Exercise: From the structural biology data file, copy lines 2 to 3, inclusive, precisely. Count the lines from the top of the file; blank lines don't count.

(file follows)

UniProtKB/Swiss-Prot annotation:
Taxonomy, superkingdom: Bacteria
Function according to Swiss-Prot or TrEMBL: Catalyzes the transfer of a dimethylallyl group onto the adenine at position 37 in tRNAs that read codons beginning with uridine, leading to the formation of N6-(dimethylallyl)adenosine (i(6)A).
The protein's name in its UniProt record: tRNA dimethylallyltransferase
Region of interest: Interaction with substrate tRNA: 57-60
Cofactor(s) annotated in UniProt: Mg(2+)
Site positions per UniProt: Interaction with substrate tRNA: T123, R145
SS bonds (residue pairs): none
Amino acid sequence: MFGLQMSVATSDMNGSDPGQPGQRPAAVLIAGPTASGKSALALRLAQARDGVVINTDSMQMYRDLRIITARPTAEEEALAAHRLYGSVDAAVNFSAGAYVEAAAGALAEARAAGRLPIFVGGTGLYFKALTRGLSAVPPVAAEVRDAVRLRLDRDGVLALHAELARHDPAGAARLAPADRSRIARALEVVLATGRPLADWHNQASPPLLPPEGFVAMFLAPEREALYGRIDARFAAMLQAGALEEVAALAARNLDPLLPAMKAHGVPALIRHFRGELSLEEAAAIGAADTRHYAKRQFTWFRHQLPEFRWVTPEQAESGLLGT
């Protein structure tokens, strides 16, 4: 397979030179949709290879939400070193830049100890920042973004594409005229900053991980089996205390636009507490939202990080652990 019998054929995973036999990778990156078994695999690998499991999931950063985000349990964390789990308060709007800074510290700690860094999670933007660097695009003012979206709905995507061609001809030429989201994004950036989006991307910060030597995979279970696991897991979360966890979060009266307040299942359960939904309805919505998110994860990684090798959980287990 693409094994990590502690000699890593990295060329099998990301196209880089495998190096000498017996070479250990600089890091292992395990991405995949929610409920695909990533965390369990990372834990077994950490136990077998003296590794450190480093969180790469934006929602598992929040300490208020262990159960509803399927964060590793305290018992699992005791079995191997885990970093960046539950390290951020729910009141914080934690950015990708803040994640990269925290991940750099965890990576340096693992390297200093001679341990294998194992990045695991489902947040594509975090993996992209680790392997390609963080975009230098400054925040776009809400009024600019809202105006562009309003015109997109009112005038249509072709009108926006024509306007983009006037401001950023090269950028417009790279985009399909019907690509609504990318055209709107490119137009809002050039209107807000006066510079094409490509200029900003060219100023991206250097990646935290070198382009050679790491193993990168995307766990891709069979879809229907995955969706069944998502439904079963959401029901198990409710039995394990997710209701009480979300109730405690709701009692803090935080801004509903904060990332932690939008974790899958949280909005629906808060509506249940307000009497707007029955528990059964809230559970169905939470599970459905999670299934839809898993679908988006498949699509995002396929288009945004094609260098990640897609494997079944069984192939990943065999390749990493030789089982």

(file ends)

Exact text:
Taxonomy, superkingdom: Bacteria
Function according to Swiss-Prot or TrEMBL: Catalyzes the transfer of a dimethylallyl group onto the adenine at position 37 in tRNAs that read codons beginning with uridine, leading to the formation of N6-(dimethylallyl)adenosine (i(6)A).